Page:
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WWI Flying Aces: A Dangerous Descent
Evening Program with Book Signing
Monday, September 16, 2019 - 6:45 p.m.
The archetype of the WWI flying ace is a familiar one: dashing, seemingly invincible, and covered with medals. These bold pilots climbed into aircraft of canvas and wood equipped with a single machine gun to engage in treacherous one-on-one encounters with their enemy counterparts in the skies of France.
While their heroism echoed traditional notions of chivalry and sportsmanship, theirs was a distinctly modern—and deadly—mode of combat. The personal toll that accompanied its aftermath was also something entirely new and unforeseen.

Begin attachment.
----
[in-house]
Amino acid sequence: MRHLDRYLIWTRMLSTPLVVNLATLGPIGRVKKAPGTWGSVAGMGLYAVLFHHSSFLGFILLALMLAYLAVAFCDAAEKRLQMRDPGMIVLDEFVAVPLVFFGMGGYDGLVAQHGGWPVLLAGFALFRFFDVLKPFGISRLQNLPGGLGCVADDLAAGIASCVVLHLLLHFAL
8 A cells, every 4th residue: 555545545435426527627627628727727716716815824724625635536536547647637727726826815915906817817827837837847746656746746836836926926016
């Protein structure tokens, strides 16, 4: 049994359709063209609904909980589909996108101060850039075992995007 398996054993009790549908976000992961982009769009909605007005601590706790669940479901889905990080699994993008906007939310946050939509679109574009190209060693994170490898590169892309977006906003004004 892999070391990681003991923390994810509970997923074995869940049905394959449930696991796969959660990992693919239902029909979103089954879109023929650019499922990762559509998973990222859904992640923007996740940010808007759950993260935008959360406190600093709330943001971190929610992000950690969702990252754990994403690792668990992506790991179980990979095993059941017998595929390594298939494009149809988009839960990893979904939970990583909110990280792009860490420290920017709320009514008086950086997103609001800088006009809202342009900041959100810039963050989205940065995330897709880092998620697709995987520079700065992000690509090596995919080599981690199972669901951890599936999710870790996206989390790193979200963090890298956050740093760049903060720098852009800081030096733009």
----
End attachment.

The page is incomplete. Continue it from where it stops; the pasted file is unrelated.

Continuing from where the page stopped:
Aviation and maritime historian Mark Wilkins draws on his new book, Aero-Neurosis: Pilots of the First World War and the Psychological Legacies of Combat, to examine the suffering that emerged from the birth of aerial warfare. He delves into the rise of airpower, industrialization, and mechanization, and how these elements profoundly affected this cohort of young pilots, who largely came from rural backgrounds.
He looks at how these men coped with shooting down other aviators, who were by their own admission, kindred spirits, as well as why in their postwar lives, many still craved the excitement of aerial combat, despite its attendant horrors.
Wilkins also explores how military medicine responded to a wholly new type of neurosis that grew out of the unique conditions of combat flying, and how those efforts gave rise to a correspondingly new field of specialty, aviation psychiatry.
Aero-Neurosis (Pen and Sword Books) is available for sale and signing.
S. Dillon Ripley Center
1100 Jefferson Dr SW
Metro: Smithsonian (Mall exit)